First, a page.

So the “Whole Foods treats its employee well!” claim has turned out to be fallacious, and no one knows that better than Whole Foods employees, so that’s no reason to shop there anymore. Add on to that the high prices – $6 for conventional milk! – and their tone-deafness and obliviousness, as demonstrated most recently in Baltimore, and you know what? Good. I’m glad WFM is struggling.
The kicker, of course, is that if Whole Foods was capable of opening a chain of lower-price stores with the same values, as CEO Walter Robb claims they will be doing, they could have done it in 2009, during the recession. They didn’t. They fired their concierges and other non-essential staff and fiddled with sale prices so that it looked as if their prices were lower and as if they were having more sales when, in fact, they were making up for it by upcharging on other items, especially grocery staples. Meanwhile, they’ve continued to profit off of their employees’ ill health and eliminate employees who have higher-than-average healthcare needs by using a plan that forces them not to work for WFM.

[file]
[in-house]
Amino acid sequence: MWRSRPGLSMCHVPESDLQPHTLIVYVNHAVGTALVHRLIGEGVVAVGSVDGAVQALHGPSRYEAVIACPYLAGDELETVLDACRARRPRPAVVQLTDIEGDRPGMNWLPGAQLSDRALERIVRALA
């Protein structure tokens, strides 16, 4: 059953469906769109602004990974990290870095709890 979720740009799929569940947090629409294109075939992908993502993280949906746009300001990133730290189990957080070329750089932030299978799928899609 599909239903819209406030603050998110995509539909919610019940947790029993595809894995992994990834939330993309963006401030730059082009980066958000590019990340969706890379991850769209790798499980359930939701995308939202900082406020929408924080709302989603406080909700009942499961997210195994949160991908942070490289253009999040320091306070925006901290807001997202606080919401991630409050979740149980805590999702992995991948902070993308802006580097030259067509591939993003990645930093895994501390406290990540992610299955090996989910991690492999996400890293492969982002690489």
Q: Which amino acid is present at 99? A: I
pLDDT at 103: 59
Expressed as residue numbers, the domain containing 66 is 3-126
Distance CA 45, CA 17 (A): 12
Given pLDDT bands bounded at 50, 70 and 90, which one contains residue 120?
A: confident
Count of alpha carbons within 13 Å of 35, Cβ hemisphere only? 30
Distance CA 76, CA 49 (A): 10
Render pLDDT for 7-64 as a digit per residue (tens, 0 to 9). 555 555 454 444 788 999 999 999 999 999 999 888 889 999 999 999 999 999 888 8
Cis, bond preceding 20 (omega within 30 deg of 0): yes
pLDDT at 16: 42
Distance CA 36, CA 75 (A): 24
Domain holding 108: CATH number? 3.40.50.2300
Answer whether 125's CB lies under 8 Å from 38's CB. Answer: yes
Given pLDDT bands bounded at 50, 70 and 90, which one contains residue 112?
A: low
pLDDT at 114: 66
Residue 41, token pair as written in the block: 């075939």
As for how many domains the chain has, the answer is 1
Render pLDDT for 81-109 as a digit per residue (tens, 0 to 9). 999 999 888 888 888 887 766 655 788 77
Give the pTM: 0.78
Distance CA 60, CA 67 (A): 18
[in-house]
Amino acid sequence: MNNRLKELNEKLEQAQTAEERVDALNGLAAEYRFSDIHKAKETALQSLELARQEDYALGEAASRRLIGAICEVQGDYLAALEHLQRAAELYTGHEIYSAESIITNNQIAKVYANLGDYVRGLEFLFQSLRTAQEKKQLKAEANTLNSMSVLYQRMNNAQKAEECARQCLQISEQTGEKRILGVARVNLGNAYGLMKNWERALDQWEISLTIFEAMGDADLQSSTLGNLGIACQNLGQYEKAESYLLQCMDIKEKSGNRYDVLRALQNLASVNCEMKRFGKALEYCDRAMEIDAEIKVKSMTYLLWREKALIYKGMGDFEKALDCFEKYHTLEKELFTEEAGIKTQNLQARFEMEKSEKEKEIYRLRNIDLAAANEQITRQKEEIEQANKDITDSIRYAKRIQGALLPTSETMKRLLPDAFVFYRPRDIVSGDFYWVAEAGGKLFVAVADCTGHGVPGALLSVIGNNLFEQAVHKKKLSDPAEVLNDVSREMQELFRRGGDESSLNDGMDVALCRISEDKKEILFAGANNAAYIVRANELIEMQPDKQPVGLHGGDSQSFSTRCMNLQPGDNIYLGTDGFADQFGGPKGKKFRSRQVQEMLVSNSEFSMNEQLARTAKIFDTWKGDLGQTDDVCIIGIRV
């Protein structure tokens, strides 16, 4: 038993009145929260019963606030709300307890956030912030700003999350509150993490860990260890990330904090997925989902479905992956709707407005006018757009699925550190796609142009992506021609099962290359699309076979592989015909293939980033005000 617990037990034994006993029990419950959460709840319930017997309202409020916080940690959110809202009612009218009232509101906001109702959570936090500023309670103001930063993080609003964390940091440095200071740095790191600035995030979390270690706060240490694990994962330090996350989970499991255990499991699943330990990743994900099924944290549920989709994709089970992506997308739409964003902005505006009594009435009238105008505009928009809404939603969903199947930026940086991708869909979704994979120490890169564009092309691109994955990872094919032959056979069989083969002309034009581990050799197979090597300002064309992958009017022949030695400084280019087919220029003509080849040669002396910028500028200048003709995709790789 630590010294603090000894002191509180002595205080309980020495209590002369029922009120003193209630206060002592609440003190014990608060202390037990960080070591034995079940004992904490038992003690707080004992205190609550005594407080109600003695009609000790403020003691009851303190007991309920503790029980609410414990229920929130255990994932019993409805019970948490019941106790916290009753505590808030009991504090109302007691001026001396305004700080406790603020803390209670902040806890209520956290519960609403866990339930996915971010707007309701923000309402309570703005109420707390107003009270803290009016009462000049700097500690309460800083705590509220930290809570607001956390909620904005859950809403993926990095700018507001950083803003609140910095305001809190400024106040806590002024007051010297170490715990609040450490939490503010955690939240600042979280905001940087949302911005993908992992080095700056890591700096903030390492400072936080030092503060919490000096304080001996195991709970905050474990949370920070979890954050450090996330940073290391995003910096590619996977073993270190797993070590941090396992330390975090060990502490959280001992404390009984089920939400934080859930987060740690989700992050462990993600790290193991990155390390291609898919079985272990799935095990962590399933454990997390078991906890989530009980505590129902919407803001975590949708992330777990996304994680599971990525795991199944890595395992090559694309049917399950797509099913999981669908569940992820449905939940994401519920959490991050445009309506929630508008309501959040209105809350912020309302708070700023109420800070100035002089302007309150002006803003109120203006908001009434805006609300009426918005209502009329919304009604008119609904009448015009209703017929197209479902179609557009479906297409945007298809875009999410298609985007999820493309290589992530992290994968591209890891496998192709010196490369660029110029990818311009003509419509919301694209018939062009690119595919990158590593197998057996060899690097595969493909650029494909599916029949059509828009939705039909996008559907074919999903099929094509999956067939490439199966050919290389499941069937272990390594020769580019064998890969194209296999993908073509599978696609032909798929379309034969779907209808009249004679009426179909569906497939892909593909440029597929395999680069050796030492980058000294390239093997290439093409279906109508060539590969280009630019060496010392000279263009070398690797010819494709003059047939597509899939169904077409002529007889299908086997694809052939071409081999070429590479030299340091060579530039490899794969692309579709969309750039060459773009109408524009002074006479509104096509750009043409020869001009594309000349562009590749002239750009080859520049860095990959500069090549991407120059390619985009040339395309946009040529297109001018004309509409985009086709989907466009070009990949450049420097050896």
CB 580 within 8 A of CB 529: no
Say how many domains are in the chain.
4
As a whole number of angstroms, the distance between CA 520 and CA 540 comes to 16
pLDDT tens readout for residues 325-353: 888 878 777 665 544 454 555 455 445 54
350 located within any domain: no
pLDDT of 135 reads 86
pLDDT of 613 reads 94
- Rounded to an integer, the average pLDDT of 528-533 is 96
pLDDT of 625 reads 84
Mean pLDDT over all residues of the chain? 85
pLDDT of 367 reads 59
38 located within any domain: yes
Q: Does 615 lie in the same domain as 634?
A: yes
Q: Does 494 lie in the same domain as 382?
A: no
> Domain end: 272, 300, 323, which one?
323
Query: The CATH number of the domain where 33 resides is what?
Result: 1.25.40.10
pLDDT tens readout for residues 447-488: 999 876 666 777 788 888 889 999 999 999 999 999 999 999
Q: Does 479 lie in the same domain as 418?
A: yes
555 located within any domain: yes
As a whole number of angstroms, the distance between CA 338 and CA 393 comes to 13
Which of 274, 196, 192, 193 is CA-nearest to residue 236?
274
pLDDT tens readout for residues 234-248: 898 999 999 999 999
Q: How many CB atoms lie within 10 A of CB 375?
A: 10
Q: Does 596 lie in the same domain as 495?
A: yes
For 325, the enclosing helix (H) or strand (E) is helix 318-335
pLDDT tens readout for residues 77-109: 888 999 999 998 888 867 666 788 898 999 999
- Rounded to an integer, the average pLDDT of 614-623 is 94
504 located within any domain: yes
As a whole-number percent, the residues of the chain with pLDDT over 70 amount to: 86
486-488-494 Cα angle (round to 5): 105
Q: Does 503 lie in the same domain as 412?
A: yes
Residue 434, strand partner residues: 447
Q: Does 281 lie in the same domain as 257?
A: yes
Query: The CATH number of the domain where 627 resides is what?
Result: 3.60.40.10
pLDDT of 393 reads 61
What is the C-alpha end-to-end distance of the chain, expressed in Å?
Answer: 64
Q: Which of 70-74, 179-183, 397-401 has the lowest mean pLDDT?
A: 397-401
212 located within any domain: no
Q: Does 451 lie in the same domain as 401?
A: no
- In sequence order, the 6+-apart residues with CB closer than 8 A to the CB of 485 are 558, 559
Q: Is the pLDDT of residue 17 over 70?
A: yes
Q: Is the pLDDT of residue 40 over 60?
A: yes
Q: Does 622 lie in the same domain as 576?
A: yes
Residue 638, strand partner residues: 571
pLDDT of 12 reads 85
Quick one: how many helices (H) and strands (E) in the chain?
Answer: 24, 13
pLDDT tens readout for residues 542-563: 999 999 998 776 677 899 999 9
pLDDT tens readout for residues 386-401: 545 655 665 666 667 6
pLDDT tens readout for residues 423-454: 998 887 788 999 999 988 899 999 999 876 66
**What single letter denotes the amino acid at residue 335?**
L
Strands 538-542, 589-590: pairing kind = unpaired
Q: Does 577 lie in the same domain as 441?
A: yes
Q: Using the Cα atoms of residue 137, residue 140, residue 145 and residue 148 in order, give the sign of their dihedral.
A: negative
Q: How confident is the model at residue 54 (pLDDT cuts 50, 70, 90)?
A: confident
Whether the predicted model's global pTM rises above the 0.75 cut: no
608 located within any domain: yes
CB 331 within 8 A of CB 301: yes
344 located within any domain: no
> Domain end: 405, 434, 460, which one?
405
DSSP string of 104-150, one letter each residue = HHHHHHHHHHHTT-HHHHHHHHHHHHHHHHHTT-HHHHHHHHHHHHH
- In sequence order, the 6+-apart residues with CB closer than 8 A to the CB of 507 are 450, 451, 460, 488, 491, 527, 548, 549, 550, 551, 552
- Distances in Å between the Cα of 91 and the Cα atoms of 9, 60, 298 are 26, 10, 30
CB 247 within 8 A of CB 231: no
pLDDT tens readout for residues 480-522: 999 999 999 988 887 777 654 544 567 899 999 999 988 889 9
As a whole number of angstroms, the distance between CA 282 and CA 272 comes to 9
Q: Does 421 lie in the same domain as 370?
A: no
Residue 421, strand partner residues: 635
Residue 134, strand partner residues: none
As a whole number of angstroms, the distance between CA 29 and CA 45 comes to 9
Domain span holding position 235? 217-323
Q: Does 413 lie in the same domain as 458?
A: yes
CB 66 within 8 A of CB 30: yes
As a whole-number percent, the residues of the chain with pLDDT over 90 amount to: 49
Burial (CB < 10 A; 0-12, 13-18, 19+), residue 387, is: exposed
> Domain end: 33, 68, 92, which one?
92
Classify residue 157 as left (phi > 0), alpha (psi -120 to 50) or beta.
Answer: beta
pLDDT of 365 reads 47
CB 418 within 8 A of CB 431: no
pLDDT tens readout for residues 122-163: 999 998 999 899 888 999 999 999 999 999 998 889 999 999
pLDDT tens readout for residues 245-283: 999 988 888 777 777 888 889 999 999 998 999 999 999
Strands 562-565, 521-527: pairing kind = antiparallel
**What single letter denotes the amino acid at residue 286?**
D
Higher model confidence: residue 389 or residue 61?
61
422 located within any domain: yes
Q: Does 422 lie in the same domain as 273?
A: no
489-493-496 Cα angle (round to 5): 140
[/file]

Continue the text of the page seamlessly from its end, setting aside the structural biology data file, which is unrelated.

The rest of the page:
So, um, yippee? Excuse me if I’m skeptical about whatever bullshit WFM is pulling out of its behind to make this new chain happen. Continue shopping at Trader Joe’s, friends, and if you desperately need a food item that’s freshly prepped, go to your local bakery or butcher or market. It’s a better way to live the value that shopping local matters than shopping at an international corporation, anyway.
[Image via Shutterstock]